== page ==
when one or more of the group-by columns of the definition query of the MQT are expanded using functional dependency relationships, creating the first set of columns,
when one or more of the group-by columns of the incoming query define the second set of columns,
when one or more matched columns between the first set and the second set are identified creating a matched group of the one or more of the group-by columns;
when one or more of the group-by columns of the first set that do not belong to the matched group are identified, creating a first unmatched group; and
when one or more of the group-by columns of the second set that do not belong to the matched group are identified, creating a second unmatched group.
6. The method of claim 1, further comprising:
when the matched group exists and the non-empty first unmatched group and the second unmatched group are identified:
(1) determining whether the matched group functionally determines the non-empty first unmatched group and the second unmatched group; and
(2) identifying the MQT as a candidate match when (a) the matched group exists and is identified, (b) the matched group functionally determines the non-empty first and second unmatched group(s), and (c) one or more of the qualifying conditions are satisfied;
when the matched group does not exist or the matched group exists but does not functionally determine the non-empty first and second unmatched group(s):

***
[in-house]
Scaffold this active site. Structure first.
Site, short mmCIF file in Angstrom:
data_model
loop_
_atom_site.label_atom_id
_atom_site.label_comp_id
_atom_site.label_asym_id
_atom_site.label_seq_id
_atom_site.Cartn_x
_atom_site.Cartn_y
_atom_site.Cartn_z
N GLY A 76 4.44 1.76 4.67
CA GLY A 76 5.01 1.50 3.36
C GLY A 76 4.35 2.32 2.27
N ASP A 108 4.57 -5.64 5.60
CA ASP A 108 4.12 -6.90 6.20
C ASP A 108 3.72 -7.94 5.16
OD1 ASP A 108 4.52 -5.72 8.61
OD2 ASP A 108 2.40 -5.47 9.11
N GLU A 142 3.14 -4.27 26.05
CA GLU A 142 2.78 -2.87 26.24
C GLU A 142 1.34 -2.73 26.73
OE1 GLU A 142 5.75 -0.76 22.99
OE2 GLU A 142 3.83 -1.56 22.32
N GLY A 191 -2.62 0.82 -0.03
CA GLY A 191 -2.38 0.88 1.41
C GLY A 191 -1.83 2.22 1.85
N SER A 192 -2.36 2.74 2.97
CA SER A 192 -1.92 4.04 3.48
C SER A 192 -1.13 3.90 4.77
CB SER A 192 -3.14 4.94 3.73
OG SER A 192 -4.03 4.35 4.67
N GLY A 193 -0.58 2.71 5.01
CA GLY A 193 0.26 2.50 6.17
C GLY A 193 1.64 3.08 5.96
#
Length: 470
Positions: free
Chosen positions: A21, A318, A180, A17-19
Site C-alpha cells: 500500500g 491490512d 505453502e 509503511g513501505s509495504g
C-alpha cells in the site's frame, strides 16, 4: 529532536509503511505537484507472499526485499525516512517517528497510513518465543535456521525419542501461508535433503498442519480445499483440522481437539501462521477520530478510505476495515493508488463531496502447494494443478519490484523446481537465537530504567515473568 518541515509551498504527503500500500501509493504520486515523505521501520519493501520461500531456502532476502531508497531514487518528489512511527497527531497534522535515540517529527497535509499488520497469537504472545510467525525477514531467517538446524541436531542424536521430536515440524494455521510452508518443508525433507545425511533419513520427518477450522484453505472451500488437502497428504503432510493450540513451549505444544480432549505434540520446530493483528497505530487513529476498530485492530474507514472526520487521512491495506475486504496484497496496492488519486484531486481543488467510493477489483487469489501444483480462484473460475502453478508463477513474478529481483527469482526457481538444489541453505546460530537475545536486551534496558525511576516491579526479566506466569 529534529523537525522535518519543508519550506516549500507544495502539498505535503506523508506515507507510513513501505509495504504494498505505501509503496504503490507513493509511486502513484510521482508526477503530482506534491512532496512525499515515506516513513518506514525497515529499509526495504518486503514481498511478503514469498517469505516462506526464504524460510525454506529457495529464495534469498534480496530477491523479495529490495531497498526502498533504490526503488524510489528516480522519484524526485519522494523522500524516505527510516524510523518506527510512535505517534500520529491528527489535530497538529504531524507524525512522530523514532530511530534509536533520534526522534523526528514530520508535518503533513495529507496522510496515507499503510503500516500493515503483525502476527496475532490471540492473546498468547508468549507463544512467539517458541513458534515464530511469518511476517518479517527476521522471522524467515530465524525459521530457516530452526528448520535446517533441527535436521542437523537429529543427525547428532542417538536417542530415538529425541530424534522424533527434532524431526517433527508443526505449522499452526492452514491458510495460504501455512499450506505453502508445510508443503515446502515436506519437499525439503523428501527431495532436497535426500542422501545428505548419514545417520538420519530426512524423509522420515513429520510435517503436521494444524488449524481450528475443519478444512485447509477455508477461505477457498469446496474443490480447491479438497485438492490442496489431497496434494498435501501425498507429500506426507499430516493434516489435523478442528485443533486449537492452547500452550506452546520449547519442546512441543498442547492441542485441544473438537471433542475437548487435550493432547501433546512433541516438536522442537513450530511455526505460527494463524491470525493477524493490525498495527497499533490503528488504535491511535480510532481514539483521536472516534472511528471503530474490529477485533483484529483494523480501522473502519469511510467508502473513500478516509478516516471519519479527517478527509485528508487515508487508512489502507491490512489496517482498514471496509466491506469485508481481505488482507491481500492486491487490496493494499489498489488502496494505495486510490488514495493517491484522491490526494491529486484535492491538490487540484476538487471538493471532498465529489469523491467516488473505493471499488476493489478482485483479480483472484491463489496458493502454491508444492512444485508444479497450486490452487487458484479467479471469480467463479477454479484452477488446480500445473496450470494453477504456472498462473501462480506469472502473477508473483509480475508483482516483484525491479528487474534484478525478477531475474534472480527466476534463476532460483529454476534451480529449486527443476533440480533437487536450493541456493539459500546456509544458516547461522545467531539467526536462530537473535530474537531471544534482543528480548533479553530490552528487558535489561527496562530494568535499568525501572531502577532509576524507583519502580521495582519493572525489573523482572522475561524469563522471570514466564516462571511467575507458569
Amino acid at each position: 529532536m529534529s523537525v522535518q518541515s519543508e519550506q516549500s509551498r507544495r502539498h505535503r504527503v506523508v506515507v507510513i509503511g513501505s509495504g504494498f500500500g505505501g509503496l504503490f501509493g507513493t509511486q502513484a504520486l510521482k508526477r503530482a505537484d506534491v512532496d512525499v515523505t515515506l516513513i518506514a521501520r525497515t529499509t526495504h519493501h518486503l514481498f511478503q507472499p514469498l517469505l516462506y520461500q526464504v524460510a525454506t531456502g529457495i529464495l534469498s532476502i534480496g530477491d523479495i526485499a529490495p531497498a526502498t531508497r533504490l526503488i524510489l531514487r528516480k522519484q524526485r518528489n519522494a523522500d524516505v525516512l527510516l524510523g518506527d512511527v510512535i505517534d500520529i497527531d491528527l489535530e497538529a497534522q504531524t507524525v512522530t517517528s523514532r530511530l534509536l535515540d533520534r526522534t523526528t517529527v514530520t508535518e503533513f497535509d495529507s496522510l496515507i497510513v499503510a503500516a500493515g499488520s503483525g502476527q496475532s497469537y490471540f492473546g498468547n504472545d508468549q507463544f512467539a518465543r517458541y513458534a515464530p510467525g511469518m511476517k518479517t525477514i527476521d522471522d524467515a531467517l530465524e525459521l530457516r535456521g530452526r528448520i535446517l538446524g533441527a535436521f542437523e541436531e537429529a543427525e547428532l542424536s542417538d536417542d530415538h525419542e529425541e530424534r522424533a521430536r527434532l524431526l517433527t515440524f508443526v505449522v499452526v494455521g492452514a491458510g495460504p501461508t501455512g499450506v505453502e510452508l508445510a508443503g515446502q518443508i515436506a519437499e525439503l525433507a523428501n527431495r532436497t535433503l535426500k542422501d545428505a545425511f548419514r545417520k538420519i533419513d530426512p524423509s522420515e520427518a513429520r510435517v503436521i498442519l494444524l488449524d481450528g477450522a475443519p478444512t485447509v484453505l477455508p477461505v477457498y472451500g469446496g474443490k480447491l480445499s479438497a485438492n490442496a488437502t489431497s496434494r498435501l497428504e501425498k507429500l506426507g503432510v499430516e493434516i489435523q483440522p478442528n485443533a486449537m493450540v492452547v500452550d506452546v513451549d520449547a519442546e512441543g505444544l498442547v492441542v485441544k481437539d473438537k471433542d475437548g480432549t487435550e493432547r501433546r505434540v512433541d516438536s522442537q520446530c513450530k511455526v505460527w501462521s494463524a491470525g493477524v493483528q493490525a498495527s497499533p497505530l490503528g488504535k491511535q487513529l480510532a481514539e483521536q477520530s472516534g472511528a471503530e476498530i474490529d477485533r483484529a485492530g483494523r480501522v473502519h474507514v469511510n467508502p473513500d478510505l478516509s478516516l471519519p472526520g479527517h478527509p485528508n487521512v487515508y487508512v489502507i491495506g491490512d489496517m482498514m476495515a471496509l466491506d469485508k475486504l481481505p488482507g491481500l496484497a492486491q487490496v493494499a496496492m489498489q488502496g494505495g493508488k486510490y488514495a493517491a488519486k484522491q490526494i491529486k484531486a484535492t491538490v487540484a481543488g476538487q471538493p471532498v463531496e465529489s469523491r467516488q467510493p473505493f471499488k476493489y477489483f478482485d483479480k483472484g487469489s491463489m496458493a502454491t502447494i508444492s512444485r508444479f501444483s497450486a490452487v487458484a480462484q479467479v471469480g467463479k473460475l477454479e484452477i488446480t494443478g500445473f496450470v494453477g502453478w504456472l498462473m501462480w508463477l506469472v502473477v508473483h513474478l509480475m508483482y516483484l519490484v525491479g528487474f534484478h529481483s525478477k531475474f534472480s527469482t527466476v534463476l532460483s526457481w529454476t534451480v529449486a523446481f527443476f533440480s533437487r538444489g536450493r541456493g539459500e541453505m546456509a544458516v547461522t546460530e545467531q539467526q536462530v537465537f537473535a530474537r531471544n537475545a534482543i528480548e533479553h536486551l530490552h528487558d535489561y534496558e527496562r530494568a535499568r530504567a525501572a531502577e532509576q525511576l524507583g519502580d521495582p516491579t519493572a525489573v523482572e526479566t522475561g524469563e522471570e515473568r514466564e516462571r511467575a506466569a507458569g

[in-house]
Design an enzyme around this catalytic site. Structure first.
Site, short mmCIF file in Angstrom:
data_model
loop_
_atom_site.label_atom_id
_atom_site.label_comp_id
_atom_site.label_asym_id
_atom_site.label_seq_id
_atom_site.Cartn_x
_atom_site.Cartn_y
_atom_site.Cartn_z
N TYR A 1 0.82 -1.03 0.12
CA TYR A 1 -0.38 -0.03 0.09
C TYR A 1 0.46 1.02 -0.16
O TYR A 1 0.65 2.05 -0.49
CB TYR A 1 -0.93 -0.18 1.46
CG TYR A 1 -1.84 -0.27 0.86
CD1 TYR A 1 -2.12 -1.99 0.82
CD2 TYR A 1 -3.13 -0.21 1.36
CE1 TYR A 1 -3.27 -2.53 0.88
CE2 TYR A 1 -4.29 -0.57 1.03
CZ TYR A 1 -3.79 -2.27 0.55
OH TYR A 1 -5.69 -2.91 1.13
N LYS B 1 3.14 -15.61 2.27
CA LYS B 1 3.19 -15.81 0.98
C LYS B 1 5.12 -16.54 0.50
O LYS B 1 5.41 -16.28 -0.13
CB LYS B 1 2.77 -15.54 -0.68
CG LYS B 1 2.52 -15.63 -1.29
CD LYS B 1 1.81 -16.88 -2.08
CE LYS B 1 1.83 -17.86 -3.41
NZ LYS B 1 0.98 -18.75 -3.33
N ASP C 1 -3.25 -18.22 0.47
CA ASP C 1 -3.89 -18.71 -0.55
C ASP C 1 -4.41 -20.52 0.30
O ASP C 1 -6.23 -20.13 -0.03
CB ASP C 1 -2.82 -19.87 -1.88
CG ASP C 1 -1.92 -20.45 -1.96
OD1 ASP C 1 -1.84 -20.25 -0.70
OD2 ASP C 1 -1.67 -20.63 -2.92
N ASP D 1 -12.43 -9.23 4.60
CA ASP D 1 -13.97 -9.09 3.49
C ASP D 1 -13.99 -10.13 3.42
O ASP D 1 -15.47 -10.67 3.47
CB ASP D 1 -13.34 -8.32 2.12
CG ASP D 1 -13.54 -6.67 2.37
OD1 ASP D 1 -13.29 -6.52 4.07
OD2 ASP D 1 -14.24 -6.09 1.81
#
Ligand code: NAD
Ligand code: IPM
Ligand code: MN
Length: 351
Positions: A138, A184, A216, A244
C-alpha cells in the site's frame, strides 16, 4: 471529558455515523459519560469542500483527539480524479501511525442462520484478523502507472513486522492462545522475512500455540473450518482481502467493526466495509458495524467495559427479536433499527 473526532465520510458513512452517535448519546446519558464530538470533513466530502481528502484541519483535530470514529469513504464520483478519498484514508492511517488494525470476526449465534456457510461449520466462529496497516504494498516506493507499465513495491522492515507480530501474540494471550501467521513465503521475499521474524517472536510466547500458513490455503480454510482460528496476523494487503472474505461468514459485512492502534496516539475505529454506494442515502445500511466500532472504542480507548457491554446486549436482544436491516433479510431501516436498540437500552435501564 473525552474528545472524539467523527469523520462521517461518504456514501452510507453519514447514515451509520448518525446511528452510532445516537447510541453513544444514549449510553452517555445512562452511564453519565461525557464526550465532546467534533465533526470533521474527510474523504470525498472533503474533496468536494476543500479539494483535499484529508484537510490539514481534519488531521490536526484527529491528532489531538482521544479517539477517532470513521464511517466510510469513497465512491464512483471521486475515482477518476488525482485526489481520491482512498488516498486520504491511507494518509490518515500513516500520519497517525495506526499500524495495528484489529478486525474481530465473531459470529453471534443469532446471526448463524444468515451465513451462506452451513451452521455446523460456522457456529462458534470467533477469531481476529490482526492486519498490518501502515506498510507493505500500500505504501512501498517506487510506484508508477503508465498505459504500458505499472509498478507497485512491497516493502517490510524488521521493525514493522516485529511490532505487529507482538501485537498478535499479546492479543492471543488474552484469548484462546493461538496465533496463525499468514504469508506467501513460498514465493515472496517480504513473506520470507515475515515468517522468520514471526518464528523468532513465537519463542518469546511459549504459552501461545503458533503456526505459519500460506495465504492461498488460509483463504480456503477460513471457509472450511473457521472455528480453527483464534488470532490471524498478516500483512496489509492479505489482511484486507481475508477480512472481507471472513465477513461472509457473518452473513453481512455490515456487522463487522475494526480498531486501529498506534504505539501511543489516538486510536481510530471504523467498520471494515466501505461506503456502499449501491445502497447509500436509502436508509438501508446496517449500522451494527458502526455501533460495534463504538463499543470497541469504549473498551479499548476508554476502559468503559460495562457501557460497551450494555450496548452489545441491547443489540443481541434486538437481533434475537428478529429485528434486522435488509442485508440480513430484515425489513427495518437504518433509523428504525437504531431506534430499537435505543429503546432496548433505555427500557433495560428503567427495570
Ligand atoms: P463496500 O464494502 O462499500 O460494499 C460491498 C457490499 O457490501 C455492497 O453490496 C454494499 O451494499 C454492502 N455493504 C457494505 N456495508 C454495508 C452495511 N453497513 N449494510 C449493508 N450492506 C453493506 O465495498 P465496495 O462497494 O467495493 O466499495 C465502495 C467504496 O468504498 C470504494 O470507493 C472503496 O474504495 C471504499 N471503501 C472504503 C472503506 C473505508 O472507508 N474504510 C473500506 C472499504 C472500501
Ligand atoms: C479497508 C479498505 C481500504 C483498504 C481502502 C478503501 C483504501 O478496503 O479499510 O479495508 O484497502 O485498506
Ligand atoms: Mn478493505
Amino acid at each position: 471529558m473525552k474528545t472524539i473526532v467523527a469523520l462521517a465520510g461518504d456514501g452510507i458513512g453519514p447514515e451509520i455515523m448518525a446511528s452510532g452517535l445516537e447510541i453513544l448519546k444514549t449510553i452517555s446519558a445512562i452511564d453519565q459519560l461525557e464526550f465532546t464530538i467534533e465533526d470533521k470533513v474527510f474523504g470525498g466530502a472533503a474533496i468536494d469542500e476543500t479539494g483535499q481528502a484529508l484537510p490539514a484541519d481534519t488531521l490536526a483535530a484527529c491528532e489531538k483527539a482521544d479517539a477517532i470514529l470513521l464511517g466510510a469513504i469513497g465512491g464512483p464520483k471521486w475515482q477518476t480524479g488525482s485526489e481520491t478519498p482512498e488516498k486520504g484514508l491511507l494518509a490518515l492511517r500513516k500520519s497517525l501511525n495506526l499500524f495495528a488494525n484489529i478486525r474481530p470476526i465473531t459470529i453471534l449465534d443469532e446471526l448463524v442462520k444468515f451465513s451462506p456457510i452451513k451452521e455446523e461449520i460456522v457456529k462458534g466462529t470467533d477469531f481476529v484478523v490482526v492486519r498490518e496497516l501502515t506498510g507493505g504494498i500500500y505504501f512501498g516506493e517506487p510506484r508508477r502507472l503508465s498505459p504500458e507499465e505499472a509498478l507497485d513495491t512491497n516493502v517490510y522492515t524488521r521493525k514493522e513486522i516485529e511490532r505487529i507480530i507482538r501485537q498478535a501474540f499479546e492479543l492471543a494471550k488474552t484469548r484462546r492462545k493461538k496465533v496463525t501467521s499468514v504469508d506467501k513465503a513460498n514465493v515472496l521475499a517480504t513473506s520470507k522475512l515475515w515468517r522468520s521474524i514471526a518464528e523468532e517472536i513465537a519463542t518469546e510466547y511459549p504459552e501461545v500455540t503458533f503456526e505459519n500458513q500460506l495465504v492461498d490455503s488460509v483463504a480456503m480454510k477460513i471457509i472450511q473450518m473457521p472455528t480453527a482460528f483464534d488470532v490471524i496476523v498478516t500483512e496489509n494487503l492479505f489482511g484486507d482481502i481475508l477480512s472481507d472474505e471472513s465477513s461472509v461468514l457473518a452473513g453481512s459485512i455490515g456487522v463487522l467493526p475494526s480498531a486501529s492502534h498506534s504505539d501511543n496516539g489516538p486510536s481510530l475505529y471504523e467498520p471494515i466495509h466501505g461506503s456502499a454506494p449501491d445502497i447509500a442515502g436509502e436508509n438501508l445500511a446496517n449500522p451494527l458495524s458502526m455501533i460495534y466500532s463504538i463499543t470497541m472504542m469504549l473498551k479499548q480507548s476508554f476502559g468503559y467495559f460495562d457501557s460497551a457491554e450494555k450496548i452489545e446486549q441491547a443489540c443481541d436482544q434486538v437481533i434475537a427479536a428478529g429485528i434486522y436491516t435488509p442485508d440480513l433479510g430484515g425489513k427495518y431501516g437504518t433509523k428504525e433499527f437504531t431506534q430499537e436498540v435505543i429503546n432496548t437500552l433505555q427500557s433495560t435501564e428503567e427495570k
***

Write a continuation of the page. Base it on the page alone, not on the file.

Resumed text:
(1) determining whether the incoming query is based on measures which are exclusively additive; and
(2) identifying the MQT as a candidate match when (a) the incoming query is based on measures which are exclusively additive, (b) the number of columns in the said first set functionally determines the number of columns in the said second set, and (c) one or more of the qualifying conditions are satisfied.
7. The method of claim 6, further comprising:
when the MQT is identified as a candidate match for the incoming query, determining whether the MQT is a best match for the incoming query, from among a number of candidate matches; and
when the MQT is identified as the best match for the incoming query, rewriting the incoming query utilizing the MQT.
8. A data processing system comprising:
a processor which executes a database management system (DMS) software;
a memory system which stores a database system and the DMS software;
a utility which when executed on said processor provides functions of:
creating a number of materialized query tables (MQTs) within the database system;
defining one or more database table specifications;
receiving an incoming query at the database system;
when the incoming query references a first subset of a set of tables, identifying an MQT with a definition query that references the set of tables, wherein said first subset includes one of: (a) a number of fact tables and a group of dimension tables; (b) a number of source tables and a group of dependent tables; and (c) a number of referencing tables and a group of referenced tables; and
determining when the MQT is a candidate match for the incoming query;